22. ^ a b "Trade: Reliever Paul Shuey traded". The Vindicator. Associated Press. July 29, 2002. p. C5. Retrieved April 28, 2012. 
  23. ^ a b c d e Radford, Rich (May 4, 2007). "Paul Shuey set on returning to the majors". The Virginian-Pilot. Retrieved April 28, 2012. 
  24. ^ "Shuey Healthy, Returns to Bullpen". Lakeland Ledger. June 28, 2000. p. C4. Retrieved April 28, 2012. 
  25. ^ "Indians' Bullpen Takes Hit With Loss of Shuey". San Jose Mercury News. July 24, 2001. p. 4D. Retrieved April 28, 2012.  (subscription required)
  26. ^ Shaikin, Bill (July 29, 2002). "Angel Report; Stoneman Loses Shuey to Dodgers". Los Angeles Times. Retrieved April 28, 2012.  (subscription required)
  27. ^ Gutierrez, Paul (August 29, 2002). "Dodger Report; Shuey Suddenly Turns It Around". Los Angeles Times. Retrieved April 28, 2012. 
  28. ^ Jackson, Tony (July 5, 2004). "Dodgers Notebook: Gagne All-Star 3rd Year In Row". Los Angeles Daily News. Retrieved October 15, 2012.  (subscription required)
  29. ^ Hammond, Rich (July 7, 2004). "Continued praise for Gagne". Inland Valley Daily Bulletin. Retrieved October 15, 2012.  (subscription required)
  30. ^ a b Fordin, Spencer (February 2, 2007). "O's sign Shuey to Minor League deal". MLB.com. Major League Baseball Advanced Media. Retrieved April 28, 2012. 
  31. ^ Gurnick, Ken (December 16, 2011). "Dodgers look to settle disability insurance dispute involving former reliever Paul Shuey". MLB.com. Major League Baseball Advanced Media. Retrieved April 28, 2012.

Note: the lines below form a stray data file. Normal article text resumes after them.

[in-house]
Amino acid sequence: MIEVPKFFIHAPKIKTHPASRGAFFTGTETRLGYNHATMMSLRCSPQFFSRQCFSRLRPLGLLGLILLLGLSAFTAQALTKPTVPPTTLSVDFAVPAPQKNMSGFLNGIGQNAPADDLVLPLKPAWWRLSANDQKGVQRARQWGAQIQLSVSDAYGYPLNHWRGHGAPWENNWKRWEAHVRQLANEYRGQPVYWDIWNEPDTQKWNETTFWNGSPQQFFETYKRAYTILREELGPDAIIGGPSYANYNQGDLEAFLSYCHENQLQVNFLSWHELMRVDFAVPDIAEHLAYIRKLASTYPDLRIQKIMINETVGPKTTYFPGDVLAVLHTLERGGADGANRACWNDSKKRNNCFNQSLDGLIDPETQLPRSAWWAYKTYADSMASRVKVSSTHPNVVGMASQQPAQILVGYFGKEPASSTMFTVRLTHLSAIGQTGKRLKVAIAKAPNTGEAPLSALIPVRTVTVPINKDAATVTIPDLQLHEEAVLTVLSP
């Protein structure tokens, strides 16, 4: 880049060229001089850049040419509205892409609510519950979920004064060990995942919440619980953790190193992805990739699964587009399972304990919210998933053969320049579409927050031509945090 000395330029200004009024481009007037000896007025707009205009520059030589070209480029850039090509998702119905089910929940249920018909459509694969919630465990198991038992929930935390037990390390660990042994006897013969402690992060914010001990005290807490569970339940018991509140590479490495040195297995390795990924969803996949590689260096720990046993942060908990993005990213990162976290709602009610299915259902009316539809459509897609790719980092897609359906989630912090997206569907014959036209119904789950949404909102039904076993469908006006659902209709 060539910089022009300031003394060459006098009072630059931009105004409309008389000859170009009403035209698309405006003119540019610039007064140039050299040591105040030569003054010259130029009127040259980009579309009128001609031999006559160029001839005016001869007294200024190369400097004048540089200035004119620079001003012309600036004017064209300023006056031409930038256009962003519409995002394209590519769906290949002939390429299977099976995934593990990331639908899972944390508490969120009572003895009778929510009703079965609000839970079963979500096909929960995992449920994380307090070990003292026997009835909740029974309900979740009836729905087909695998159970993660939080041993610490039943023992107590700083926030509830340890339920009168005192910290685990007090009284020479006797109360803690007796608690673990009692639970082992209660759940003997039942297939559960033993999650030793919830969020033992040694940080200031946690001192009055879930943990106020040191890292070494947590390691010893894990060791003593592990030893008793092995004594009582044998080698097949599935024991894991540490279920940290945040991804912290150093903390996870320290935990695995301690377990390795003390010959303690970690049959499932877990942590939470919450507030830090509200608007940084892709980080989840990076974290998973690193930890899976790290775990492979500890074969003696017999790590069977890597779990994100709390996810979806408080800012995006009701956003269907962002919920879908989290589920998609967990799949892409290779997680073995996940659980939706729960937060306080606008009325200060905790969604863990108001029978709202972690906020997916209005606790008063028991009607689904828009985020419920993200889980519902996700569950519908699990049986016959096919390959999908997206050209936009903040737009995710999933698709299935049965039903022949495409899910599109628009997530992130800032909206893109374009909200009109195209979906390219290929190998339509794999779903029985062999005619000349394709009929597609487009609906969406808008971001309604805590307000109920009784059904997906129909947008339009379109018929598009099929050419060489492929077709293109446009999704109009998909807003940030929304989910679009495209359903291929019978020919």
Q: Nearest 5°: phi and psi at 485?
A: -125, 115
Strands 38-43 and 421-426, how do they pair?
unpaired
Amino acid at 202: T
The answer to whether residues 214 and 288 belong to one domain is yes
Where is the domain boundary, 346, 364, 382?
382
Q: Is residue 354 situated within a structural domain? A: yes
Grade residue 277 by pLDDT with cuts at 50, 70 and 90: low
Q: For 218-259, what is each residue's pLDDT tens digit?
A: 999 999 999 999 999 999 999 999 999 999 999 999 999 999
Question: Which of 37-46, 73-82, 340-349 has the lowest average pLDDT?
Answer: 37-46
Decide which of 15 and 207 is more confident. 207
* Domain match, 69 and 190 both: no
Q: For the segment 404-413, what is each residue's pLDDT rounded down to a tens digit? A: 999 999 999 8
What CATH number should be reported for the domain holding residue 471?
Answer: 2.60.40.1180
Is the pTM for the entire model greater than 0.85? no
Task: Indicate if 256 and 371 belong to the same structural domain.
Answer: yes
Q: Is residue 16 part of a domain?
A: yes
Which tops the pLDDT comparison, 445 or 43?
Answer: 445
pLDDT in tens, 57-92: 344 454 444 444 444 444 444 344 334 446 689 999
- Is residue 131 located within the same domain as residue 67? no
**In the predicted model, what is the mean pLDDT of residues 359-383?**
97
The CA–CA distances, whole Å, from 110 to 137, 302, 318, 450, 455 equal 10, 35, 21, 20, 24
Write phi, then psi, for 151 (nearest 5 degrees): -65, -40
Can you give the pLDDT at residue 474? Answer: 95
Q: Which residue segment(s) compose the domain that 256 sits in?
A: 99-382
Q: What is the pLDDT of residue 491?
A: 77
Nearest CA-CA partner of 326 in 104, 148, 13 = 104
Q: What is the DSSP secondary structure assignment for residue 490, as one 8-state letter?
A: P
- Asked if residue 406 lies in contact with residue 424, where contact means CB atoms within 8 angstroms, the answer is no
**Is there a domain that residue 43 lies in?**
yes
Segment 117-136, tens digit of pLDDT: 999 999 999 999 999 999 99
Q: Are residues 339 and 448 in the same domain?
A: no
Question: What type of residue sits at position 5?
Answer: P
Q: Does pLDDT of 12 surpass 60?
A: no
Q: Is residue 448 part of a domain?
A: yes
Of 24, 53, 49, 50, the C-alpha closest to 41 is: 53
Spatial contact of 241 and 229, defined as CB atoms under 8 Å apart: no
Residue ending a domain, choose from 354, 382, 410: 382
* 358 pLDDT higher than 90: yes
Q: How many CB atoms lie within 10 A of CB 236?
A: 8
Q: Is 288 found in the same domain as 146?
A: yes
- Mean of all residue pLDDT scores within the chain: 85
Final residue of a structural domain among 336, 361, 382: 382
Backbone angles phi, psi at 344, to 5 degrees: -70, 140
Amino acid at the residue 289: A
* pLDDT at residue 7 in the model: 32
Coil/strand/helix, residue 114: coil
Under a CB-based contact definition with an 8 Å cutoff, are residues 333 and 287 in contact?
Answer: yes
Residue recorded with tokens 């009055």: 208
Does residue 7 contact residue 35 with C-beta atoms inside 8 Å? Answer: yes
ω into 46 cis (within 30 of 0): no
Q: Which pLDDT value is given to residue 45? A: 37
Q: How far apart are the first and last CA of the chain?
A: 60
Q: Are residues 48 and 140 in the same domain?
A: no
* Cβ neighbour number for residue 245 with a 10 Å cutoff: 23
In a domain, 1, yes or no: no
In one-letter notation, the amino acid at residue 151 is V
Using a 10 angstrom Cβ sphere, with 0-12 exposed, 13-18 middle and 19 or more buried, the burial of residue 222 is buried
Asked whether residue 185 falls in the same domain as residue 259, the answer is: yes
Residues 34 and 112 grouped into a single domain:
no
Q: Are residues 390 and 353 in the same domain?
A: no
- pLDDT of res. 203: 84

32. ^ Hill, Justice B. (February 19, 2005). "Shuey hopes stuff returns in camp". MLB.com. Major League Baseball Advanced Media. Retrieved April 28, 2012. 
  33. ^ "Indians reliever Paul Shuey retires". ESPN.com. ESPN Internet Ventures. April 27, 2005. Retrieved April 28, 2012. 
  34. ^ Kubatko, Roch (June 20, 2007). "New approach can't halt O's skid: Team loses ninth straight, as interim manager Trembley tries to make his mark". The Baltimore Sun. Retrieved October 15, 2012.  (subscription required)
  35. ^ "Really! Shuey was trying in Baltimore's 30-3 loss to Rangers". ESPN.com. ESPN Internet Ventures. Associated Press. August 23, 2007. Retrieved October 15, 2012. 
  36. ^ "Boxscore, Texas @ Baltimore, August 22, 2007". baseball-reference.com. Retrieved May 9, 2012. 
  37. ^ "Bell rejoins Orioles, Shuey released". Associated Press. September 5, 2007. Retrieved August 24, 2012.  (subscription required)
  38. ^ Ocker, Sheldon (March 9, 2002). "Indians' Shuey accustomed to interruptions". Akron Beacon Journal. Retrieved October 15, 2012.  (subscription required)

External links[edit]